Thursday, July 14, 2011

real debates reveal details

Is there anything more painful than having your variable trapped inside an exponential function?

If only I'd known.
Ted Bailleu, Premier of Victoria, has finally made a decision to support the MYKI public transport system. As part of that decision he has decided to abolish occasional tickets, which means that even tourists and other visitors will have to pay $10 [until the price increases] to buy a MYKI smartcard then add $3.80 credit to it if they only want a 2 hour ticket.
For a little while visitors might say "if only I'd known", or even express stronger sentiments. This problem should only be temporary though, because soon everyone will avoid Melbourne and Victoria like the plague.

Way to go, Ted.

The whole carbon tax has my tummy in such a kerfuffle that the voice of John O'Brien is whispering inside my head:

"We'll all be rooned," said Hanrahan,
In accents most forlorn,
Outside the church, ere Mass began,
One frosty Sunday morn.

The congregation stood about,
Coat-collars to the ears,
And talked of stock, and crops, and drought,
As it had done for years.

"It's looking crook," said Daniel Croke;
"Bedad, it's cruke, me lad,
For never since the banks went broke
Has seasons been so bad."

"It's dry, all right," said young O'Neil,
With which astute remark
He squatted down upon his heel
And chewed a piece of bark.

And so around the chorus ran
"It's keepin' dry, no doubt."
"We'll all be rooned," said Hanrahan,
"Before the year is out."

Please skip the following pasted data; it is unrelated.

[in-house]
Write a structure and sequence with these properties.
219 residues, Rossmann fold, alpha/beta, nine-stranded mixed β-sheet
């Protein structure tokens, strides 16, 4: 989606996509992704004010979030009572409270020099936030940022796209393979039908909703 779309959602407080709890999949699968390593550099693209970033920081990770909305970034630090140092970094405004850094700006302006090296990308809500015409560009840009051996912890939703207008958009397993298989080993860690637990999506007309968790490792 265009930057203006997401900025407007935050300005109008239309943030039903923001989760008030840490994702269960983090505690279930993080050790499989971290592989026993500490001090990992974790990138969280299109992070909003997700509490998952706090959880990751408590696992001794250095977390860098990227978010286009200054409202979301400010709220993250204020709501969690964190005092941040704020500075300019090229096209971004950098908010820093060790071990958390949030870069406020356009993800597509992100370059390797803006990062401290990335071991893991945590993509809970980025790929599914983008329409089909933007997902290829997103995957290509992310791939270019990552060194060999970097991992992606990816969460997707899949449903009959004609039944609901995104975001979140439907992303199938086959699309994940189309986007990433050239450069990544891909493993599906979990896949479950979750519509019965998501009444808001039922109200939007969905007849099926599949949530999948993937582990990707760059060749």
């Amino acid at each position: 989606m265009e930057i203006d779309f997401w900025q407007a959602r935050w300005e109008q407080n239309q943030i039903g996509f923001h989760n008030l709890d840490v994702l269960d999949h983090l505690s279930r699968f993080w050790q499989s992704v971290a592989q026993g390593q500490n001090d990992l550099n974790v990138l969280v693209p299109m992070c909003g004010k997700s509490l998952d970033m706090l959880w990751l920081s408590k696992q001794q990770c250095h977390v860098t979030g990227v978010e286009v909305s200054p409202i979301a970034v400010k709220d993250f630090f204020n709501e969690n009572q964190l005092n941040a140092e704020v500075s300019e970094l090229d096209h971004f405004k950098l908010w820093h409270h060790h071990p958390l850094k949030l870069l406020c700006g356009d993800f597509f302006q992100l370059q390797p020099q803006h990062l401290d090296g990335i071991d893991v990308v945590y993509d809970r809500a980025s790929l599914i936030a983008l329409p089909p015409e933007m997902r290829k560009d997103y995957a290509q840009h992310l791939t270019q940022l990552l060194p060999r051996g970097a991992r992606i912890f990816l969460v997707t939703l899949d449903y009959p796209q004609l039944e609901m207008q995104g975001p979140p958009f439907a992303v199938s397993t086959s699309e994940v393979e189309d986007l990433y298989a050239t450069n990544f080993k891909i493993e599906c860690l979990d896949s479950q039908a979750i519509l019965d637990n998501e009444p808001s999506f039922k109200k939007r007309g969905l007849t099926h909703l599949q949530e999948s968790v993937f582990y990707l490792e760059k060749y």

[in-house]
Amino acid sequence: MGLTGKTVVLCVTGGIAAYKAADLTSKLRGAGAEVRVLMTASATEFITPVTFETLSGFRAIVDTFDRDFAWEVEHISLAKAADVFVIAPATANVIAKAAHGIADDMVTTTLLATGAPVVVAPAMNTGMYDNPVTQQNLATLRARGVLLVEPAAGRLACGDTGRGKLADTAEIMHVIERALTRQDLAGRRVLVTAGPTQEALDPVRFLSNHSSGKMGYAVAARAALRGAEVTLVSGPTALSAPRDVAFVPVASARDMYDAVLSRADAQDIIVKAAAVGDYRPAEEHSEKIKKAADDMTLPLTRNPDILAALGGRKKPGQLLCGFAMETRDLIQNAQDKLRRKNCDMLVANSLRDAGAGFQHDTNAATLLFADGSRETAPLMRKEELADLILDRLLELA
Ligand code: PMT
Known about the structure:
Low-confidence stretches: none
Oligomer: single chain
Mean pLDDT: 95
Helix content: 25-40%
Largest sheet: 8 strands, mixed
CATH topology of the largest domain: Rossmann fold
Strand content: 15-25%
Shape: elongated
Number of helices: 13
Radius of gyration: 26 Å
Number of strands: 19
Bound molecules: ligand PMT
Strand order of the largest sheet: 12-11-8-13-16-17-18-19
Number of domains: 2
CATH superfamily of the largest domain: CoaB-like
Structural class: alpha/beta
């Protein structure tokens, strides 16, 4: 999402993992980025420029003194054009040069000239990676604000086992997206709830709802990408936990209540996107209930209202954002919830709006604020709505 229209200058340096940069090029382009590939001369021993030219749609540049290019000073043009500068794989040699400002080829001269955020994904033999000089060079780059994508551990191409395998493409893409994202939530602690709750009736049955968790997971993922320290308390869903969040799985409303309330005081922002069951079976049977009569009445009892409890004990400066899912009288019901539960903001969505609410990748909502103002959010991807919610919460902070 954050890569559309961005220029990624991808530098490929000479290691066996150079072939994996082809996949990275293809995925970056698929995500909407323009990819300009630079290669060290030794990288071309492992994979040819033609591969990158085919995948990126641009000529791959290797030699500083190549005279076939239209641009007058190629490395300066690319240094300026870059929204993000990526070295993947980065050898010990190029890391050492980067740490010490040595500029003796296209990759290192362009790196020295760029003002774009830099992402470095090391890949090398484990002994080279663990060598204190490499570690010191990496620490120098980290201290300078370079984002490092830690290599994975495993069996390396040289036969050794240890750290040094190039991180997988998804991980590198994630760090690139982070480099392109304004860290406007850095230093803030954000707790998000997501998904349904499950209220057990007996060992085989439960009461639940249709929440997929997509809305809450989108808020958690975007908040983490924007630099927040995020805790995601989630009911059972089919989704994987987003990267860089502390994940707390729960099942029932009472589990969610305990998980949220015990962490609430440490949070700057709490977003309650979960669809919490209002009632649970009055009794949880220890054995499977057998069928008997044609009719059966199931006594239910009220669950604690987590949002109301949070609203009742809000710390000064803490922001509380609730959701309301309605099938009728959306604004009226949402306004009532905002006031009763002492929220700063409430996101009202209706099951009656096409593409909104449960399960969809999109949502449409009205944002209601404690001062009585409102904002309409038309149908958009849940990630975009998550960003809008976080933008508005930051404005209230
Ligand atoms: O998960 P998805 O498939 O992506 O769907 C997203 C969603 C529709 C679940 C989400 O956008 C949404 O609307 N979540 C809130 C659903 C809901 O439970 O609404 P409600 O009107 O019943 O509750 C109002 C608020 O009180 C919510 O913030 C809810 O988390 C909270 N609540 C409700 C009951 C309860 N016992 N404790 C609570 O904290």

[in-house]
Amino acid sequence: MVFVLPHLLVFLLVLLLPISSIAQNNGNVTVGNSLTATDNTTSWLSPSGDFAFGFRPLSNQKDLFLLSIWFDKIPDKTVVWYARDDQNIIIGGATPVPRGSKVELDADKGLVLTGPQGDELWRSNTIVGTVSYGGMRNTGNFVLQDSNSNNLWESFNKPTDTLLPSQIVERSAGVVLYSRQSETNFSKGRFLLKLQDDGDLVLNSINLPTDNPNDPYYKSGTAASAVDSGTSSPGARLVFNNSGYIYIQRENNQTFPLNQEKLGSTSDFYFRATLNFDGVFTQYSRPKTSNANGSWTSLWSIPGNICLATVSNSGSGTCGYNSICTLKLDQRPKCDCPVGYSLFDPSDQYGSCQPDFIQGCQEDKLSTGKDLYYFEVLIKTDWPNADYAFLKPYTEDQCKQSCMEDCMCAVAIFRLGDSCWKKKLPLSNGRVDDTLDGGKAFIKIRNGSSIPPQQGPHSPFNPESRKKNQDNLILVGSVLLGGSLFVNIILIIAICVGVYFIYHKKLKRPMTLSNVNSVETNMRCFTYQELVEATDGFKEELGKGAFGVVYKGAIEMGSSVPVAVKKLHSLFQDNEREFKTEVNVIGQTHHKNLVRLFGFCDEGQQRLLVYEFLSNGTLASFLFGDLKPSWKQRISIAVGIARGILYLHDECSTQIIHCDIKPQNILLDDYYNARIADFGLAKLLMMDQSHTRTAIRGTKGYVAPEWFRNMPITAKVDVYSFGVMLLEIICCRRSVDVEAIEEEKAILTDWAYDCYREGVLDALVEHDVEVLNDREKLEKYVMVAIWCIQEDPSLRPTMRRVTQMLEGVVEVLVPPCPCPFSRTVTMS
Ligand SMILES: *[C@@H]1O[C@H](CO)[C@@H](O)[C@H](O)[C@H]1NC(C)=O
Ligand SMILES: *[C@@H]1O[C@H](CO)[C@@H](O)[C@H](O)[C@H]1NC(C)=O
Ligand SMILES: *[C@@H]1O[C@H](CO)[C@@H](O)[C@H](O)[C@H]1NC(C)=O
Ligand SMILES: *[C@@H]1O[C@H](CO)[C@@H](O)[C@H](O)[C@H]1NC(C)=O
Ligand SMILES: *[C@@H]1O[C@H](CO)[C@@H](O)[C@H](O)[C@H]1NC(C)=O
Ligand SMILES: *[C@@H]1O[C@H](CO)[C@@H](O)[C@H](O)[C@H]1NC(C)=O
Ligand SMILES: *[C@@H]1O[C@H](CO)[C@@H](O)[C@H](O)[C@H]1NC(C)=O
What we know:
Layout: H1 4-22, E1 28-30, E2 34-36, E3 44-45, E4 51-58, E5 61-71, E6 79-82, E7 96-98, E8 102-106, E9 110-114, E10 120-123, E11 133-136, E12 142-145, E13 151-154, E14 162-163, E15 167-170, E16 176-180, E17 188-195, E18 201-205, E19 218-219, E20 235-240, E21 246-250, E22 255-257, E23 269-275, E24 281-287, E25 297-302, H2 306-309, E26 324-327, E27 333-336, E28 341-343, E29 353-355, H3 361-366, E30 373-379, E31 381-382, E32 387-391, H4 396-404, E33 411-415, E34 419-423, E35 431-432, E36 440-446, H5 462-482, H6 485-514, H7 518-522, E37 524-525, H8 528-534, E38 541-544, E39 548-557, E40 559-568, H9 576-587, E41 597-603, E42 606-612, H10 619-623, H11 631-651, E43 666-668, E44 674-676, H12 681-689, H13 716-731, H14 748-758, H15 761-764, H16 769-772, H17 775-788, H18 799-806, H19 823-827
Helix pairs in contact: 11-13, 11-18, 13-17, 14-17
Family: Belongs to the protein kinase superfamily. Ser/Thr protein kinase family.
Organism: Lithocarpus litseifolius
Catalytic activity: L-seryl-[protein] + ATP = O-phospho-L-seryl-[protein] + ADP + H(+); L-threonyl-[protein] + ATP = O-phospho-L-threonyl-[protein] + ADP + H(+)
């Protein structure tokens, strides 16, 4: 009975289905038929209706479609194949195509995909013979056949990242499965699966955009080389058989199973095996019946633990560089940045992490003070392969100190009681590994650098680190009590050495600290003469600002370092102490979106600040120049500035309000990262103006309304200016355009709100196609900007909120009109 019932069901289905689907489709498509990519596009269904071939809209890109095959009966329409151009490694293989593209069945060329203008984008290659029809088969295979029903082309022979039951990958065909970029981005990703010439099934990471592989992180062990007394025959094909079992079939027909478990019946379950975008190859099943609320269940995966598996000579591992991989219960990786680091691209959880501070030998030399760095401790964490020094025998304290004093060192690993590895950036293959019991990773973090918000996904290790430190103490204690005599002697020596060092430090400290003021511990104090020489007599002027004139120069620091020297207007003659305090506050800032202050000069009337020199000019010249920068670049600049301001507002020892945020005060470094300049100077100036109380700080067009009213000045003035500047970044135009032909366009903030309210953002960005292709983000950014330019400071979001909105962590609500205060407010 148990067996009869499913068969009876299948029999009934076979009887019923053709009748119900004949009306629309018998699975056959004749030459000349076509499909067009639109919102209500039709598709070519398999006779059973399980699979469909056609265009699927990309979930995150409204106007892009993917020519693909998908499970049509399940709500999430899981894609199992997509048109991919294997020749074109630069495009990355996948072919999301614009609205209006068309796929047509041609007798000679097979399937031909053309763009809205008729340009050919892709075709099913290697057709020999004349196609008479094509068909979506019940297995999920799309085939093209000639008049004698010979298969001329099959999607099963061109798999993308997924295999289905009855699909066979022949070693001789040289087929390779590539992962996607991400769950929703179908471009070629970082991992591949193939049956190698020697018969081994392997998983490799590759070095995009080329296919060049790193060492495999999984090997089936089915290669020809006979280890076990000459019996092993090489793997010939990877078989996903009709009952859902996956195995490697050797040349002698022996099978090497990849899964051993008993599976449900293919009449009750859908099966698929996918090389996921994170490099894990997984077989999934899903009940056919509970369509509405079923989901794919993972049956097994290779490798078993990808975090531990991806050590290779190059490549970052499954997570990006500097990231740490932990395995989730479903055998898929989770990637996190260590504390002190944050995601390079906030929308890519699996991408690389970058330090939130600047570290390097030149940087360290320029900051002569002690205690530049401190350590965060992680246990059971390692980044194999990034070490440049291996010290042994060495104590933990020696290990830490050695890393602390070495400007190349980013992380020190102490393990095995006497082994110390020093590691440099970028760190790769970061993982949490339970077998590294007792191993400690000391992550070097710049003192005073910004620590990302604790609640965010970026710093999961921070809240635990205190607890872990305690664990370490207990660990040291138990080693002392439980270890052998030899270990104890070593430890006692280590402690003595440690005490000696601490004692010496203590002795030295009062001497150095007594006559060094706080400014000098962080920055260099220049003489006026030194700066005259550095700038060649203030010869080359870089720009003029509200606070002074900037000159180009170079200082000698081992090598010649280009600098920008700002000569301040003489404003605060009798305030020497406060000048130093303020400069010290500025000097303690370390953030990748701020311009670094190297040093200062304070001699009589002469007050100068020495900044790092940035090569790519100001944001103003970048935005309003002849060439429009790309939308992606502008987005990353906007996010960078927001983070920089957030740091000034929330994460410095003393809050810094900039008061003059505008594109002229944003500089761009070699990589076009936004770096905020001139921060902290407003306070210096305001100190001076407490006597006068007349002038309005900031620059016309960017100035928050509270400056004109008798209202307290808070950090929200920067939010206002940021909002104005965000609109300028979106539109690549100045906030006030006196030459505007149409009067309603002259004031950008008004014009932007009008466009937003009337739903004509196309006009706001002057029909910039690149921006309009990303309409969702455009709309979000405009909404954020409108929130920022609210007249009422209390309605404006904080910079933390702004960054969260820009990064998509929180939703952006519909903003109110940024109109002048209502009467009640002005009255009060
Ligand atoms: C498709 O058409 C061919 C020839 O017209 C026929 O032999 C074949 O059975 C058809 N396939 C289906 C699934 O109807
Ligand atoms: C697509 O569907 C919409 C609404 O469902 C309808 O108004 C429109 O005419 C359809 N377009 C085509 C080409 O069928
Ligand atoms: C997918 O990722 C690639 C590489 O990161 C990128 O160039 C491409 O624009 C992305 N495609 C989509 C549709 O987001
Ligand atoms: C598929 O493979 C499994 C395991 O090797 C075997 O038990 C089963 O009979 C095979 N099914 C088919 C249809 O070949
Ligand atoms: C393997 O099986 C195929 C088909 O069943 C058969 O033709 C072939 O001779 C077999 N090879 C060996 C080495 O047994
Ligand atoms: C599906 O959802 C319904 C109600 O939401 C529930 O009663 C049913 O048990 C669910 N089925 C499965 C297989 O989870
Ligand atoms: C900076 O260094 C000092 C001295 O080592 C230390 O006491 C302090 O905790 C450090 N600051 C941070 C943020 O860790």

"The crops are done; ye'll have your work
To save one bag of grain;
From here way out to Back-o'-Bourke
They're singin' out for rain.

"They're singin' out for rain," he said,
"And all the tanks are dry."
The congregation scratched its head,
And gazed around the sky.

"There won't be grass, in any case,
Enough to feed an ass;
There's not a blade on Casey's place
As I came down to Mass."

"If rain don't come this month," said Dan,
And cleared his throat to speak -
"We'll all be rooned," said Hanrahan,
"If rain don't come this week."

A heavy silence seemed to steal
On all at this remark;
And each man squatted on his heel,
And chewed a piece of bark.

"We want an inch of rain, we do,"
O'Neil observed at last;
But Croke "maintained" we wanted two
To put the danger past.

"If we don't get three inches, man,
Or four to break this drought,
We'll all be rooned," said Hanrahan,
"Before the year is out."

In God's good time down came the rain;
And all the afternoon
On iron roof and window-pane
It drummed a homely tune.

And through the night it pattered still,
And lightsome, gladsome elves
On dripping spout and window-sill
Kept talking to themselves.

It pelted, pelted all day long,
A-singing at its work,
Till every heart took up the song
Way out to Back-o'-Bourke.

And every creek a banker ran,
And dams filled overtop;
"We'll all be rooned," said Hanrahan,
"If this rain doesn't stop."

And stop it did, in God's good time;
And spring came in to fold
A mantle o'er the hills sublime
Of green and pink and gold.

And days went by on dancing feet,
With harvest-hopes immense,
And laughing eyes beheld the wheat
Nid-nodding o'er the fence.

And, oh, the smiles on every face,
As happy lad and lass
Through grass knee-deep on Casey's place
Went riding down to Mass.

While round the church in clothes genteel
Discoursed the men of mark,
And each man squatted on his heel,
And chewed his piece of bark.

"There'll be bush-fires for sure, me man,
There will, without a doubt;